-a description of some chance process that consists of two parts: a sample space S and a probability for each outcome
-does more than just assign a probability to each outcome; it allows us to find the probability of any collection of outcomes, which we call an event
-an event is any collection of outcomes from some chance process
-that is, an event is a subset of the sample space
-events are usually designated by capital letters, like A, B, C and so on
-if A is any event, we write its probability P(A)
-the probability of any event is a number between 0 and 1
-the probability that an event does not occur is 1 minus the probability that the event does occur
-the complement of any event A is the event that A does not occur, written as A^c
-the complement rule states that P(A^c) = 1 - P(A)
mutually exclusive or disjoint
-two events A and B are mutually exclusive (disjoint) if they have no outcomes in common and so can never occur together - that is, if P(A and B) = 0
-Addition Rule for Mutually Exclusive Events: P(A or B) = P(A) + P(B)
addition rule for mutually exclusive (disjoint) events
-P(A or B) = P(A) + P(B)
general addition rule
-P(A or B) = P(A) + P(B) - P(A and B)
-A n B
-A and B
-the intersection of two or more events is the event that they all occur
-A u B
-A or B
-the intersection of two or more events is the event that any of them occur
conditional probability
-the probability that one event happens given that another event is already known to have happened is called a conditional probability
-suppose we know that event A has happened; then the probability that event B happens is denoted by P(B|A)
-P(A|B) = P(A n B)/P(B)
-P(B|A) = P(B n A)/P(A)
joint event
-the simultaneous occurrence of two events
joint probability
-the probability of a joint event
tree diagram
-when chance behavior involves a sequence of outcomes, a tree diagram can be used to describe the sample space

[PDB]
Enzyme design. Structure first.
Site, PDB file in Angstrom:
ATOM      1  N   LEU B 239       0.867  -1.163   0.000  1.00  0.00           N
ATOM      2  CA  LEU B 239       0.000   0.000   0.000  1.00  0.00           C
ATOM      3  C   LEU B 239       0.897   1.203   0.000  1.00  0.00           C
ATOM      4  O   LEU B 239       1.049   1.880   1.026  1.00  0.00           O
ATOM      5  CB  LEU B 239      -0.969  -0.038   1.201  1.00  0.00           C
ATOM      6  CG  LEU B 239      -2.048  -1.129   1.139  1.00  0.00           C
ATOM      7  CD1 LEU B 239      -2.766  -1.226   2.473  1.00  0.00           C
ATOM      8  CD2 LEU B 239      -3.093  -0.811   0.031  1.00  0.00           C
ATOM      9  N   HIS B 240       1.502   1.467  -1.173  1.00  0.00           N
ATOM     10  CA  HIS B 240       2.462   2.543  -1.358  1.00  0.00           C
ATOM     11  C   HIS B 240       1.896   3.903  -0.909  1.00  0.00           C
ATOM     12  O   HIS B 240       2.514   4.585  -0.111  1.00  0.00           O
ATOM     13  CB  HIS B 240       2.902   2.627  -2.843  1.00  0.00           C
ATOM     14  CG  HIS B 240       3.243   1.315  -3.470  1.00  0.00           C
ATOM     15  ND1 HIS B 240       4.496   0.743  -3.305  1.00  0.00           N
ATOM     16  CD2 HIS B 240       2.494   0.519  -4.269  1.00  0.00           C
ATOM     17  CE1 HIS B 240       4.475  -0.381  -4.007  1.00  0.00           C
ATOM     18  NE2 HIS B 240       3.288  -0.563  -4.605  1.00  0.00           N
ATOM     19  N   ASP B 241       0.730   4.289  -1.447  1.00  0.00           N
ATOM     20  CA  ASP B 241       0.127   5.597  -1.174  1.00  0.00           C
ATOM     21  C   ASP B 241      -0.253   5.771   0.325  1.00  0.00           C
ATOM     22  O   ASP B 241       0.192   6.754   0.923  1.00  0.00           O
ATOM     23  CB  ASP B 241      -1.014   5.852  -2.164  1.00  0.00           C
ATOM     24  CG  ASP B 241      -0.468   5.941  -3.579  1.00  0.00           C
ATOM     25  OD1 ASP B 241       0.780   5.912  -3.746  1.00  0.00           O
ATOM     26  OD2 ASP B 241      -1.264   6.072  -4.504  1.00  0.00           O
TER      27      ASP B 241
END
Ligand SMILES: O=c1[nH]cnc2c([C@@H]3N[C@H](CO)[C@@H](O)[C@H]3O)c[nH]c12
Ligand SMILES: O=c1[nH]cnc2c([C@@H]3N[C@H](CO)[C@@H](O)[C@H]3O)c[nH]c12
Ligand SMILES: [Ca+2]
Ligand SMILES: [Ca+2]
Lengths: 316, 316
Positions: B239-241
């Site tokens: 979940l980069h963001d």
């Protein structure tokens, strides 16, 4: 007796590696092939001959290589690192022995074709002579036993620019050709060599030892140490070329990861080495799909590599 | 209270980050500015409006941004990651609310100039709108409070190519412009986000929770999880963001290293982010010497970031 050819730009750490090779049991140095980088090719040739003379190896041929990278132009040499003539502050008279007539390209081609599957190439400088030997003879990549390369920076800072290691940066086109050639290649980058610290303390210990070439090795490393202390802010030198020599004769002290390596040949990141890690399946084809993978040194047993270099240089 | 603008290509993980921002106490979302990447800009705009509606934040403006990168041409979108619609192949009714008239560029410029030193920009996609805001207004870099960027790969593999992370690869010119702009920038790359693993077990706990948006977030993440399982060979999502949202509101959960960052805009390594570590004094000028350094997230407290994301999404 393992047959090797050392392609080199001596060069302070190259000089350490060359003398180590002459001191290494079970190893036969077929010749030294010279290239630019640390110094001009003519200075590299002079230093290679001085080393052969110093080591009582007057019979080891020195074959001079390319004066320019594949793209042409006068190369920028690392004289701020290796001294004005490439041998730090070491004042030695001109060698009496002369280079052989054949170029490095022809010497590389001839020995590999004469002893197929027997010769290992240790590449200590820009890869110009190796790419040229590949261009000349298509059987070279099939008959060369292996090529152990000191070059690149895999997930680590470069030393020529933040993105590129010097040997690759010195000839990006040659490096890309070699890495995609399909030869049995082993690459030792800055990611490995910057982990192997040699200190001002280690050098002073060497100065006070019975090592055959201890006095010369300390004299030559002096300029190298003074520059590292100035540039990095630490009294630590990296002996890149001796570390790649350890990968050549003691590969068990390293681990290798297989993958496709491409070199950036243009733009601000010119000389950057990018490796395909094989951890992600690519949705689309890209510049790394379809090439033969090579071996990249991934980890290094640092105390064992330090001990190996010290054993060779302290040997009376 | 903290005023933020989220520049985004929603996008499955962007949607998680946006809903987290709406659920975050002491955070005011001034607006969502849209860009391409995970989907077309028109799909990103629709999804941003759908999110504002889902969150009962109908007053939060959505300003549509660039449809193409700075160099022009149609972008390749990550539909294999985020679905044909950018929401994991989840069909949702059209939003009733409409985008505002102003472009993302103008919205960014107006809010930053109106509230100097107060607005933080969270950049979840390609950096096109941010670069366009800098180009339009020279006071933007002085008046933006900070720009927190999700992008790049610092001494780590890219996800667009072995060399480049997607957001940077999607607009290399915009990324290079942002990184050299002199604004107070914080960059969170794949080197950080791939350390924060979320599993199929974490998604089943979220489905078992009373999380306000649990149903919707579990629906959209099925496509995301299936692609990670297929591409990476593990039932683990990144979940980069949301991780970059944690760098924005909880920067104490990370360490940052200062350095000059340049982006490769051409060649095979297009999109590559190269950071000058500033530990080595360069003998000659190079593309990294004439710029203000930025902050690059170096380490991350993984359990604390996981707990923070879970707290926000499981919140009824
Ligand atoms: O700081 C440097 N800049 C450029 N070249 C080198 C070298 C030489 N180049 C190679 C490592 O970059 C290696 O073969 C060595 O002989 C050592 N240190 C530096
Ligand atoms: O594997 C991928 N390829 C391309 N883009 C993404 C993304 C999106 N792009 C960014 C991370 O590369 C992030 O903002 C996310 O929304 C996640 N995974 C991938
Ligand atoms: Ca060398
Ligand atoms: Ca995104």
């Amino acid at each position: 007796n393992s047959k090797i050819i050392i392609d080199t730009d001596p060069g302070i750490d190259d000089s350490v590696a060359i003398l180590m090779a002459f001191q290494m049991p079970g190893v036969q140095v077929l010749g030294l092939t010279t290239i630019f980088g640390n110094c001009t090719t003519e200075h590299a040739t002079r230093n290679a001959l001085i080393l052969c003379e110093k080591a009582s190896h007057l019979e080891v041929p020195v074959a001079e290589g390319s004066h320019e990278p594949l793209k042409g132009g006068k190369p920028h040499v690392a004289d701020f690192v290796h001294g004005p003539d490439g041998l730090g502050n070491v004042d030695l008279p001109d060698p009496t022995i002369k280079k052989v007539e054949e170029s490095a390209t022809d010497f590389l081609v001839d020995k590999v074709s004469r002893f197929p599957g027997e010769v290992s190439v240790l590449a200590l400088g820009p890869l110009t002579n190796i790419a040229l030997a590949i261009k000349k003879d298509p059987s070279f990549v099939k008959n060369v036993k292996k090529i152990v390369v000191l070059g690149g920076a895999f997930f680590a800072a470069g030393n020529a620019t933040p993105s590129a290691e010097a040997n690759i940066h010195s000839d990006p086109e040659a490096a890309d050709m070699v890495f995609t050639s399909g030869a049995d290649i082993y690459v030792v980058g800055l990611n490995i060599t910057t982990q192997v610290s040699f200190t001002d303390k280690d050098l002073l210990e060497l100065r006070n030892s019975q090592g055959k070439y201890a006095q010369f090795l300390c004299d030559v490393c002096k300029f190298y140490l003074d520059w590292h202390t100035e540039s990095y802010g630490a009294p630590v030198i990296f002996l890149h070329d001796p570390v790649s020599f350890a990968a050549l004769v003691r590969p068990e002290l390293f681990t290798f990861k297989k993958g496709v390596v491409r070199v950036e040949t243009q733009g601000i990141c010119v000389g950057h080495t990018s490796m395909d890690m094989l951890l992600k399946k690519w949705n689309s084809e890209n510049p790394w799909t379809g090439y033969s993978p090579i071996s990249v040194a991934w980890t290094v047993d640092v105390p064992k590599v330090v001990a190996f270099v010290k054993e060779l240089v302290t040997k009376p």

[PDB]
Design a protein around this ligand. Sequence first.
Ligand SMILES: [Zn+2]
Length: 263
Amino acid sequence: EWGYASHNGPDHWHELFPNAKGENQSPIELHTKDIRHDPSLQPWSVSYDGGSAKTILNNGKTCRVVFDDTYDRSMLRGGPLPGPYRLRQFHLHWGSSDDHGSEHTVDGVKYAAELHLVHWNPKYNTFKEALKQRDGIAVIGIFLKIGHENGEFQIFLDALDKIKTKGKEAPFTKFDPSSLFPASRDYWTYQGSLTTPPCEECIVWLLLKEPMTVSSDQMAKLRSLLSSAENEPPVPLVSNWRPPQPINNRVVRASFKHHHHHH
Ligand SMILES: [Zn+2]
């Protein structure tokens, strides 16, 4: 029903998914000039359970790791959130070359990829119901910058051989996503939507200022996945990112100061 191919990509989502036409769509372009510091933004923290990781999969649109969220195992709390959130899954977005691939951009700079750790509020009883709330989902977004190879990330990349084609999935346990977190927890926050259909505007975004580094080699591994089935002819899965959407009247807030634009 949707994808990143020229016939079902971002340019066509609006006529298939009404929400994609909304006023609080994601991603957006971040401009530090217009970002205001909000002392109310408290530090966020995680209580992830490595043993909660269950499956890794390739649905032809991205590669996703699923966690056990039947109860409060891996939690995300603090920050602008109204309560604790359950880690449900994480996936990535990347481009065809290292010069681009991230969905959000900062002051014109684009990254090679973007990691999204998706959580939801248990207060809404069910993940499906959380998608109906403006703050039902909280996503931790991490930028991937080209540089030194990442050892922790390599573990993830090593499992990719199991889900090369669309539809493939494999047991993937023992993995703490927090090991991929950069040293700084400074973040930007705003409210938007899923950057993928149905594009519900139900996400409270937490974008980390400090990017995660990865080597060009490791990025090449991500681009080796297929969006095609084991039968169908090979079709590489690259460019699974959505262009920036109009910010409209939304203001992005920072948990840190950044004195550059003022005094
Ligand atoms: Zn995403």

-tree diagrams can also help in finding the probability that two or more events occur together
-we simply multiply along the branches that correspond to the outcomes of interest
-two events A and B are independent if the occurrence of one event does not change the probability that the other event will happen
-in other words, events A and B are independent if P(A|B) = P(A) and P(B|A) = P(B)
general multiplication rule
-P(A and B) = P(A n B) = P(A)P(B|A)
multiplication rule for independent events
-P(A and B) = P(A n B) = P(A)P(B)
independent trial
-trials are independent if the outcome of one trial does not influence the outcome of any other
-f0r example, if you are selecting random digits by drawing numbered slips of paper from a hat, you want all ten digits to be equally likely to be selected each draw, then after you draw a digit and record it, you must put it back into the hat; then the second draw will be exactly like the first (sampling with replacement)
-if you do not replace the slips you draw, however, there are only nine choices for the second slip picked, and eight for the third (sampling without replacement)
random variable
-takes numerical values that describe the outcomes of some chance process
-a variable whose value is a numerical outcome of a random phenomena
-there are two main types of random variables, corresponding to two types of probability distributions: discrete and continuous random variables
probability distribution
-the probability distribution of a random variable gives its possible values and their probabilities
discrete random variable
-a discrete random variable X takes a fixed set of possible values with gaps in between

probability distribution of a discrete random variable X:
value: X1 , X2, X3, + ...
probability: P1, P2, P3, + ...
probability histogram
-for displaying a probability distribution of a discrete random variable X
-probability vs. value
-the height of each bar represents the probability of the outcome of the base
-the sum of the heights of each bar is equal to 1 because the heights are probabilities
expected value of X
-the expected value of a discrete random variable X is an average of all possible values of X taking into account the fact that all values do not need to be equally likely
-this expected value need not be a possible value for X
law of large numbers (with means of discrete random variables)